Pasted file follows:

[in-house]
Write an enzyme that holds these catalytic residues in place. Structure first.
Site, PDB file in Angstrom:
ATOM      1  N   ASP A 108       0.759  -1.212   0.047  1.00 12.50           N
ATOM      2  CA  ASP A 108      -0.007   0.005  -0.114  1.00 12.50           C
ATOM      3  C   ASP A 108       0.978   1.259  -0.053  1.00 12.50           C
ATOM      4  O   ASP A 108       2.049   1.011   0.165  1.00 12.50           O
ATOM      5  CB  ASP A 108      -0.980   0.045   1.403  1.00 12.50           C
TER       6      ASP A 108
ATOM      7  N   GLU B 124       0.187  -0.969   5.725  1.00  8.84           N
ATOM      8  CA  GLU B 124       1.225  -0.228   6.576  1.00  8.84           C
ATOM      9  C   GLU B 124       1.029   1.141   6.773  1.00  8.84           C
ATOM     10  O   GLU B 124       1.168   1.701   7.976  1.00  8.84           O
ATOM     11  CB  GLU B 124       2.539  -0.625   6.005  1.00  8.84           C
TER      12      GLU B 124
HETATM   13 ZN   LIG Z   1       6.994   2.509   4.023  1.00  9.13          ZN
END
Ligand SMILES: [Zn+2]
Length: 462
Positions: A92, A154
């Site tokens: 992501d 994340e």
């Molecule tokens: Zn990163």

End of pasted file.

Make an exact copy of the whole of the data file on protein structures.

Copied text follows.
[in-house]
Write an enzyme that holds these catalytic residues in place. Structure first.
Site, PDB file in Angstrom:
ATOM      1  N   ASP A 108       0.759  -1.212   0.047  1.00 12.50           N
ATOM      2  CA  ASP A 108      -0.007   0.005  -0.114  1.00 12.50           C
ATOM      3  C   ASP A 108       0.978   1.259  -0.053  1.00 12.50           C
ATOM      4  O   ASP A 108       2.049   1.011   0.165  1.00 12.50           O
ATOM      5  CB  ASP A 108      -0.980   0.045   1.403  1.00 12.50           C
TER       6      ASP A 108
ATOM      7  N   GLU B 124       0.187  -0.969   5.725  1.00  8.84           N
ATOM      8  CA  GLU B 124       1.225  -0.228   6.576  1.00  8.84           C
ATOM      9  C   GLU B 124       1.029   1.141   6.773  1.00  8.84           C
ATOM     10  O   GLU B 124       1.168   1.701   7.976  1.00  8.84           O
ATOM     11  CB  GLU B 124       2.539  -0.625   6.005  1.00  8.84           C
TER      12      GLU B 124
HETATM   13 ZN   LIG Z   1       6.994   2.509   4.023  1.00  9.13          ZN
END
Ligand SMILES: [Zn+2]
Length: 462
Positions: A92, A154
């Site tokens: 992501d 994340e």
């Molecule tokens: Zn990163």